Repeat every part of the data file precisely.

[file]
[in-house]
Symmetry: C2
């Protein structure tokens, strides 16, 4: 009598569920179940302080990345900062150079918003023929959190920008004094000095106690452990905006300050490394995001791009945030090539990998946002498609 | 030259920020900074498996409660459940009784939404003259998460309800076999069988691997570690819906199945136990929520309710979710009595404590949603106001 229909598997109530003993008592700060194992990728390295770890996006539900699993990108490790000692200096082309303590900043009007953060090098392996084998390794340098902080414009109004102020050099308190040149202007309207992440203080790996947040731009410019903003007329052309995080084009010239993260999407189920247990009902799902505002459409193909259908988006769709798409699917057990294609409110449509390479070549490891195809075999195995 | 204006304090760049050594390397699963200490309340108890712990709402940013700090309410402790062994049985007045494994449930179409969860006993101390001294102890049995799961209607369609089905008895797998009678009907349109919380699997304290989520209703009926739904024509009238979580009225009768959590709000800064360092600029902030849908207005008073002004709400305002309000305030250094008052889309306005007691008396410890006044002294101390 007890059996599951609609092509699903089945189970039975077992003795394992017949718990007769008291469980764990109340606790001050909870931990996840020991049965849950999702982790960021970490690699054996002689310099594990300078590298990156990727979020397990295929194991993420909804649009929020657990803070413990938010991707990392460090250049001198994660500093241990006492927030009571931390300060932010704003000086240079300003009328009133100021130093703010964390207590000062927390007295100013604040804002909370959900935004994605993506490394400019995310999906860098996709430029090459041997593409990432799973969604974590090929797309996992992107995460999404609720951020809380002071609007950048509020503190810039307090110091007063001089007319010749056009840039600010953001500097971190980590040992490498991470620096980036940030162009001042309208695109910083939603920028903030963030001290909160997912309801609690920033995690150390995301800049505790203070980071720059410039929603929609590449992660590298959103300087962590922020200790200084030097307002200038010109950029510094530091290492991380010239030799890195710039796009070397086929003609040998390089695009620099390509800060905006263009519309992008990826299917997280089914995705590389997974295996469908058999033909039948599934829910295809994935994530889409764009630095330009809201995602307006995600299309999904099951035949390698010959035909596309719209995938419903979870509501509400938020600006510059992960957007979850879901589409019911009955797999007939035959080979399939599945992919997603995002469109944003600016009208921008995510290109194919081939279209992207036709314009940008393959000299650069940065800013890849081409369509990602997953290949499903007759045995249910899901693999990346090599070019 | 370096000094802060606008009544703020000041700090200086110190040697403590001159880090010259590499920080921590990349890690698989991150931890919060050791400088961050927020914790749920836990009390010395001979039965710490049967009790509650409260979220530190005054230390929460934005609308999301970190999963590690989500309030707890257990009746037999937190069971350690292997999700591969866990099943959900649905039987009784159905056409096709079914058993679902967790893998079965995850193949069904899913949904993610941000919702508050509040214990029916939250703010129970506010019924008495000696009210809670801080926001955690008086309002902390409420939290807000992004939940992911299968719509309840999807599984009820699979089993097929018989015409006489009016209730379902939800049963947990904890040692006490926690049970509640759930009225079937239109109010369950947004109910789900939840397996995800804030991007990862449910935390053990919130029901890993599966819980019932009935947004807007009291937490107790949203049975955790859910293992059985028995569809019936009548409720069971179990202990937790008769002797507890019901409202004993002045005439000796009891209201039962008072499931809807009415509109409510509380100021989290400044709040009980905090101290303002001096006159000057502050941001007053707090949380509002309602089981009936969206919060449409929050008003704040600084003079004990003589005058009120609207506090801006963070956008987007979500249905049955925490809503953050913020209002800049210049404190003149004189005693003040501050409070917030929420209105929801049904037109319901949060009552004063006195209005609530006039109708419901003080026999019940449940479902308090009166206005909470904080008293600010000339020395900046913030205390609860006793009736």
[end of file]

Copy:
[in-house]
Symmetry: C2
């Protein structure tokens, strides 16, 4: 009598569920179940302080990345900062150079918003023929959190920008004094000095106690452990905006300050490394995001791009945030090539990998946002498609 | 030259920020900074498996409660459940009784939404003259998460309800076999069988691997570690819906199945136990929520309710979710009595404590949603106001 229909598997109530003993008592700060194992990728390295770890996006539900699993990108490790000692200096082309303590900043009007953060090098392996084998390794340098902080414009109004102020050099308190040149202007309207992440203080790996947040731009410019903003007329052309995080084009010239993260999407189920247990009902799902505002459409193909259908988006769709798409699917057990294609409110449509390479070549490891195809075999195995 | 204006304090760049050594390397699963200490309340108890712990709402940013700090309410402790062994049985007045494994449930179409969860006993101390001294102890049995799961209607369609089905008895797998009678009907349109919380699997304290989520209703009926739904024509009238979580009225009768959590709000800064360092600029902030849908207005008073002004709400305002309000305030250094008052889309306005007691008396410890006044002294101390 007890059996599951609609092509699903089945189970039975077992003795394992017949718990007769008291469980764990109340606790001050909870931990996840020991049965849950999702982790960021970490690699054996002689310099594990300078590298990156990727979020397990295929194991993420909804649009929020657990803070413990938010991707990392460090250049001198994660500093241990006492927030009571931390300060932010704003000086240079300003009328009133100021130093703010964390207590000062927390007295100013604040804002909370959900935004994605993506490394400019995310999906860098996709430029090459041997593409990432799973969604974590090929797309996992992107995460999404609720951020809380002071609007950048509020503190810039307090110091007063001089007319010749056009840039600010953001500097971190980590040992490498991470620096980036940030162009001042309208695109910083939603920028903030963030001290909160997912309801609690920033995690150390995301800049505790203070980071720059410039929603929609590449992660590298959103300087962590922020200790200084030097307002200038010109950029510094530091290492991380010239030799890195710039796009070397086929003609040998390089695009620099390509800060905006263009519309992008990826299917997280089914995705590389997974295996469908058999033909039948599934829910295809994935994530889409764009630095330009809201995602307006995600299309999904099951035949390698010959035909596309719209995938419903979870509501509400938020600006510059992960957007979850879901589409019911009955797999007939035959080979399939599945992919997603995002469109944003600016009208921008995510290109194919081939279209992207036709314009940008393959000299650069940065800013890849081409369509990602997953290949499903007759045995249910899901693999990346090599070019 | 370096000094802060606008009544703020000041700090200086110190040697403590001159880090010259590499920080921590990349890690698989991150931890919060050791400088961050927020914790749920836990009390010395001979039965710490049967009790509650409260979220530190005054230390929460934005609308999301970190999963590690989500309030707890257990009746037999937190069971350690292997999700591969866990099943959900649905039987009784159905056409096709079914058993679902967790893998079965995850193949069904899913949904993610941000919702508050509040214990029916939250703010129970506010019924008495000696009210809670801080926001955690008086309002902390409420939290807000992004939940992911299968719509309840999807599984009820699979089993097929018989015409006489009016209730379902939800049963947990904890040692006490926690049970509640759930009225079937239109109010369950947004109910789900939840397996995800804030991007990862449910935390053990919130029901890993599966819980019932009935947004807007009291937490107790949203049975955790859910293992059985028995569809019936009548409720069971179990202990937790008769002797507890019901409202004993002045005439000796009891209201039962008072499931809807009415509109409510509380100021989290400044709040009980905090101290303002001096006159000057502050941001007053707090949380509002309602089981009936969206919060449409929050008003704040600084003079004990003589005058009120609207506090801006963070956008987007979500249905049955925490809503953050913020209002800049210049404190003149004189005693003040501050409070917030929420209105929801049904037109319901949060009552004063006195209005609530006039109708419901003080026999019940449940479902308090009166206005909470904080008293600010000339020395900046913030205390609860006793009736």